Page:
Rabbi Menachem Mendel Schneerson, (Likutei Sichot vol. 28) pointed out that Maimonides’ perspective involves the victim in the process of repentance. The victim must assist the offender in hir process of rejoining with the Creator by offering forgiveness and treating the offender as though the incident had not happened. That is why the late Rabbi Schneerson emphasizes that the victim must forgive the offender with “a generous spirit” –most importantly looking upon the offender as someone who is precious and beloved.
As I thought about the parshah, I came to wonder what Abraham thought, not during the Akedah, but afterwards. Did he think that, as God had asked him to sacrifice his son, that there was nothing that he needed to apologize for? Did he try to apologize and Isaac refuse to accept it? We don’t know. There’s not enough information in the Torah itself, and the midrash doesn’t seem to be interested in taking up this narrative challenge.
But I can imagine the feelings of betrayal that Isaac felt. It is easy enough to forgive those who have no connection to us – perhaps even for fairly significant wrongs. When we know that the person has no real power over us, then it may be easy enough to simply forgive someone and move on. But when we are wronged by someone whom we love, then forgiveness is much more difficult:
When it is someone we love who wronged us, if it is serious, how can we forgive? How can we act as if we do not fear that we will be betrayed again?
Not long ago, I had a conversation with another parent about the fact that my son knows that I’m the tooth fairy. I actually have this conversation on a pretty regular basis, since Maiyan is fond of telling people both about his lost teeth, and also about his Ima who pretends to be the tooth fairy.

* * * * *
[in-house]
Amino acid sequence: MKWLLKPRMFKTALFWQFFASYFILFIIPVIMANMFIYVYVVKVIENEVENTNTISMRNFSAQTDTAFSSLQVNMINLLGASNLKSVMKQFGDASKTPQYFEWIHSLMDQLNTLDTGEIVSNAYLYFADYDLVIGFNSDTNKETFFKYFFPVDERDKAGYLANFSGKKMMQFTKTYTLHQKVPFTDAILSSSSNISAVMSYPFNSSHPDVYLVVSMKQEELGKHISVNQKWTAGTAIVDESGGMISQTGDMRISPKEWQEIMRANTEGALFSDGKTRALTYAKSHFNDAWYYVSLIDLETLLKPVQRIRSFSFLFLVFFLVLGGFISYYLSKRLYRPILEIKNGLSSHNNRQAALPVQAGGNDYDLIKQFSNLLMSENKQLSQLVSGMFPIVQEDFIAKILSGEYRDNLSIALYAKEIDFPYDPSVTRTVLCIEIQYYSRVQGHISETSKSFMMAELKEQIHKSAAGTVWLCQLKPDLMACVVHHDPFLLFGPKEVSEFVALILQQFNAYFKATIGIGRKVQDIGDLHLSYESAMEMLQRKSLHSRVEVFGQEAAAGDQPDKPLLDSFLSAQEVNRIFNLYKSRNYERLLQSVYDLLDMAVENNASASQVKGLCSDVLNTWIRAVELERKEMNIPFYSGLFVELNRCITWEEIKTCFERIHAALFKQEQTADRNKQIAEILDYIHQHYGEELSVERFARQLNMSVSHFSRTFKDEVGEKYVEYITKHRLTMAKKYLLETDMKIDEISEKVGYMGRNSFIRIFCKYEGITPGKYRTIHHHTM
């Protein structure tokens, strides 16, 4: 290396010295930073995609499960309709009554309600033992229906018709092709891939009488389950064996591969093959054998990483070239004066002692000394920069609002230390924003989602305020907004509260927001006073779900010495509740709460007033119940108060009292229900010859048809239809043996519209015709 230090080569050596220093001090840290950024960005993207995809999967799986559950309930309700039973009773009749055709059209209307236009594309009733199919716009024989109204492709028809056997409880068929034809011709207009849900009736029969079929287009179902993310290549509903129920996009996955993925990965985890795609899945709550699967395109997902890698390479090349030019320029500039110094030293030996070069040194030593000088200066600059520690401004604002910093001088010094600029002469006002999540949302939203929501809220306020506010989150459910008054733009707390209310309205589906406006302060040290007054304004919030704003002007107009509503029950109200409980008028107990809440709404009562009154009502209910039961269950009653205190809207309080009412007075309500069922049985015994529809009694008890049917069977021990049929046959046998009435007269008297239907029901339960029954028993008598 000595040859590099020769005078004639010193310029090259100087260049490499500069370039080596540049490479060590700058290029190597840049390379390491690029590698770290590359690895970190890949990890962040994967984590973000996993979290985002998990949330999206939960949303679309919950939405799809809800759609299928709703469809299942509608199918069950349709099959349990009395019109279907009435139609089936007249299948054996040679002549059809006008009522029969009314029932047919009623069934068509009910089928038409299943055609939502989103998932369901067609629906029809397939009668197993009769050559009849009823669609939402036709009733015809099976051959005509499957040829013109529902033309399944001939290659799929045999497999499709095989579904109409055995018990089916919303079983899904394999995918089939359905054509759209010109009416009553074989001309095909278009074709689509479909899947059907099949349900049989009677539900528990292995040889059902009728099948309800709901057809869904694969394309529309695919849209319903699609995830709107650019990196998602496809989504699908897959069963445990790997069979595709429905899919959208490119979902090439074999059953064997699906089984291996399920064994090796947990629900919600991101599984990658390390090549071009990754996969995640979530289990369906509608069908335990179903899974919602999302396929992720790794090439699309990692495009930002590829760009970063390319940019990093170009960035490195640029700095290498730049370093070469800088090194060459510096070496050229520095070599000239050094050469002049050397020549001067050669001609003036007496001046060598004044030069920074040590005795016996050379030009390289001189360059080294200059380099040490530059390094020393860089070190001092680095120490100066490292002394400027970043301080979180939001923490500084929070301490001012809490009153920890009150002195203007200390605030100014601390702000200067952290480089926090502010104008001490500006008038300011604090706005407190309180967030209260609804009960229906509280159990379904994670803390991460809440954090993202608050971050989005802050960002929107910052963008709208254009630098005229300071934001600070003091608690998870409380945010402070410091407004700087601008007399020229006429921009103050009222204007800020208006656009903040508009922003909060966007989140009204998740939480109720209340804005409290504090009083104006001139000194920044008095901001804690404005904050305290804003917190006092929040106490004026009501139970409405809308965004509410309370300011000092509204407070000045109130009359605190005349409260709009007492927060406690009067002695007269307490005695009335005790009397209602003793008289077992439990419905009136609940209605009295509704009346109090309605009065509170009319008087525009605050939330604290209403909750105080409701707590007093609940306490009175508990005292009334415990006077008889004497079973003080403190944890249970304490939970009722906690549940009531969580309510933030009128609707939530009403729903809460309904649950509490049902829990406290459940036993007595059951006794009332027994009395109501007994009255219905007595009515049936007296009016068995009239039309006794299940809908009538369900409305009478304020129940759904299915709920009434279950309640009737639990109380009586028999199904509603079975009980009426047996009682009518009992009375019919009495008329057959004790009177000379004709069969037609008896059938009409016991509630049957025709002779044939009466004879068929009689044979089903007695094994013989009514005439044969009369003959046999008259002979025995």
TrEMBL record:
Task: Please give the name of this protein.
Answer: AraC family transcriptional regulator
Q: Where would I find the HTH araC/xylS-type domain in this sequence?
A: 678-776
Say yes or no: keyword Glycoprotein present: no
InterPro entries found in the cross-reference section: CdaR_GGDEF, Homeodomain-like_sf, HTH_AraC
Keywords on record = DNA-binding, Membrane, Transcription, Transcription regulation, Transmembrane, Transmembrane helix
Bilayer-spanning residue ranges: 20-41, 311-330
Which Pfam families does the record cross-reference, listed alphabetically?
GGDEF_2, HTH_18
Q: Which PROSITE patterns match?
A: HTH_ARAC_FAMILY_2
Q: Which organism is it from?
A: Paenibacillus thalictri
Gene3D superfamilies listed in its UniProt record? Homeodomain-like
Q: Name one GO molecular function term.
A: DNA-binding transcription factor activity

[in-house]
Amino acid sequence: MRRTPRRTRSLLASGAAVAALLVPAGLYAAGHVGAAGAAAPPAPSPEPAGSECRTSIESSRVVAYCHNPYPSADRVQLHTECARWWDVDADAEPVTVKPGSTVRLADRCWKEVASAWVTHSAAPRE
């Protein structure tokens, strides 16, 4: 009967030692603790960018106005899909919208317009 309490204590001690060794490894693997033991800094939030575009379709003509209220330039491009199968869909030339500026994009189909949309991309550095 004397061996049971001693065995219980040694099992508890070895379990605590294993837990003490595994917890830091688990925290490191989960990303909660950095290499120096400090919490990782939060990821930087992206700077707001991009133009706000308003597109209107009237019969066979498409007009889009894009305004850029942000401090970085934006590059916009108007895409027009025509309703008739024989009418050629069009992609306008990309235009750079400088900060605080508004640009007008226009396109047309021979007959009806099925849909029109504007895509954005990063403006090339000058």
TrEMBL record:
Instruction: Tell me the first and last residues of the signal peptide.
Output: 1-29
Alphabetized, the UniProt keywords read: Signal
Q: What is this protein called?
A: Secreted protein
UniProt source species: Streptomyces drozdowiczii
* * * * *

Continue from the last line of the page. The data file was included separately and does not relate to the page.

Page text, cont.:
In a study that came out abut a year ago and was released in the Journal of Moral Education, Professor Gail Heyman, of the University of California, it was shown that parents lie to their children regularly, abut all kinds of things. The study suggested that , in fact, socially approved lies, such as telling children that there is such a thing as the tooth fairy may be a necessity, not for the children, but for the parents, as it sets up a safe lie which teaches children – in a relatively harmless way- the necessary lesson that your parents lie to you.
It is an interesting point.
It is rare that we can be in a loving relationship that does not have moments of betrayal. And if nothing else, all of us eventually die, leaving behind our loved ones, grieving.
So it is part of the human condition to need to forgive, as well as to need to repent. But coming back to our story, Isaac doesn’t seem to have been able to do it. The picture we have from the plain reading of the Torah’s story is a son who cannot forgive his father.
But the Torah (and its midrash) does give us some insight. What happens to a person who cannot forgive? In Isaac’s case, the Torah tells us that as he aged, his eyes became dim: Several sources understand this in a very broad sense, that Isaac’s blindness was not only physical, but spiritual. It affected him in two ways:
The first is that he was unable to see the faults in others – that’s the midrash’s understanding. He looked at his sons and was not able to know which of them was the one who God wished to inherit him and become the father of the Israelite nation. But that blindness was a random blindness – the second way in which he was affected is precisely because of the fear he continued to hold inside him:
He preferred which son? Not the dweller in tents, the son who was more like him, but the son who was more like his brother Ishmael: outdoorsy, strong, self-willed. Esaiv would never have let himself be dragged up a mountain to be sacrificed in blood. Isaac’s blindness was that he couldn’t see *himself*. He was unable to see what his own good qualities were and why they were necessary to someone who would lead his descendants.
There are three ways we can react to the betrayal of a loved one:
1. We can, like Sarah, accept betrayal as normal, but be unable to live with the world as it is, and find a way to protect ourselves form the inevitable betrayal by shutting love out, no longer engaging with the world
2. We can, like Isaac, develop a spiritual blindness, instead blaming oneself, or one’s loved one, for the betrayal, and holding onto that fear throughout life.